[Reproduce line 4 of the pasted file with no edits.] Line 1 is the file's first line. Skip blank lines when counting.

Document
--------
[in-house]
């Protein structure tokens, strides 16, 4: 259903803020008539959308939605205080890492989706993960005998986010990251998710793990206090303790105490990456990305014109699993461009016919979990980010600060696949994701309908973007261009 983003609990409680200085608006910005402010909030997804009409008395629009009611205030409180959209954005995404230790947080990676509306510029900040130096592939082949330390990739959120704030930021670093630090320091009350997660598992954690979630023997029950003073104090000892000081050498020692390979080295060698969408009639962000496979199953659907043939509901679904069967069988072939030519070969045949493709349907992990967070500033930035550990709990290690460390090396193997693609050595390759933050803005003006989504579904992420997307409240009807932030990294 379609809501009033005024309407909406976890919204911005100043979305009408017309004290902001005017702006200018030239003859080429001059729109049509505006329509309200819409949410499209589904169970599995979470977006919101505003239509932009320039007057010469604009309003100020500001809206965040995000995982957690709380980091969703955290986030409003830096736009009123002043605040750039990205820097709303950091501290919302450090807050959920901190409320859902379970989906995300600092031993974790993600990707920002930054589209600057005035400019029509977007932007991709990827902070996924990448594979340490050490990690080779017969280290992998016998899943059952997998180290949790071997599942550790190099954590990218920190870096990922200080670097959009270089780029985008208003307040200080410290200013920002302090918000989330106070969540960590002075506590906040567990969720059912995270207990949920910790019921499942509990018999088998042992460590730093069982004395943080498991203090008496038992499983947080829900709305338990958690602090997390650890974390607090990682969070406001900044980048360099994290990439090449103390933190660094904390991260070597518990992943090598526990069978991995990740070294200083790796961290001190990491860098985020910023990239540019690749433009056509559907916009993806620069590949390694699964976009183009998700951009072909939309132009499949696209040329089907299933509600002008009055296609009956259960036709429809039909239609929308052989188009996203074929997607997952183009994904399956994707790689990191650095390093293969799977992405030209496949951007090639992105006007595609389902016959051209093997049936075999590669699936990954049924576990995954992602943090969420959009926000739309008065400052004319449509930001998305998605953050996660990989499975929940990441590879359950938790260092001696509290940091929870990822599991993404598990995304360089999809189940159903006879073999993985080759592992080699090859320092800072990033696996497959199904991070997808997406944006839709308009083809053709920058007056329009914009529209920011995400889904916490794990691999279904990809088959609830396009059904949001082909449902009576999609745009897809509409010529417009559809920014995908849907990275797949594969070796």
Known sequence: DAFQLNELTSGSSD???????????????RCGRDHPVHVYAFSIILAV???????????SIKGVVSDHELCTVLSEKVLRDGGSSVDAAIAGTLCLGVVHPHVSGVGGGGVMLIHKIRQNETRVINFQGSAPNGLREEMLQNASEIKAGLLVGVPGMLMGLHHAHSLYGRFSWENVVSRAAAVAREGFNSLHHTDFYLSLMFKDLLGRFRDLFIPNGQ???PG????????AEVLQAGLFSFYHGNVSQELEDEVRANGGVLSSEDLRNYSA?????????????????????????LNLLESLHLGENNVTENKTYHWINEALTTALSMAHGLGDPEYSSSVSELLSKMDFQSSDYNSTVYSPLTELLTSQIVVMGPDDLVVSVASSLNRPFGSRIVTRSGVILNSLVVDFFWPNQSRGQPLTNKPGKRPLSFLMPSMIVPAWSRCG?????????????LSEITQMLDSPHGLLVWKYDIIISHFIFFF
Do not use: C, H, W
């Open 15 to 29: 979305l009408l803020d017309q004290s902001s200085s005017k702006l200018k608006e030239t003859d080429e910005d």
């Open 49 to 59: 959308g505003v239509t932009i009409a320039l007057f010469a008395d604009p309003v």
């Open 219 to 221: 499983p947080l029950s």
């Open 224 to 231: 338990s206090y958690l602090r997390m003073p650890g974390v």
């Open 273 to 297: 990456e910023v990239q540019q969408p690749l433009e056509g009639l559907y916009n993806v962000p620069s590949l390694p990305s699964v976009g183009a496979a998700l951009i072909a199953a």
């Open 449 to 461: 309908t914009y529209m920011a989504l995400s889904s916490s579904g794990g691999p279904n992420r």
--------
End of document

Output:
Do not use: C, H, W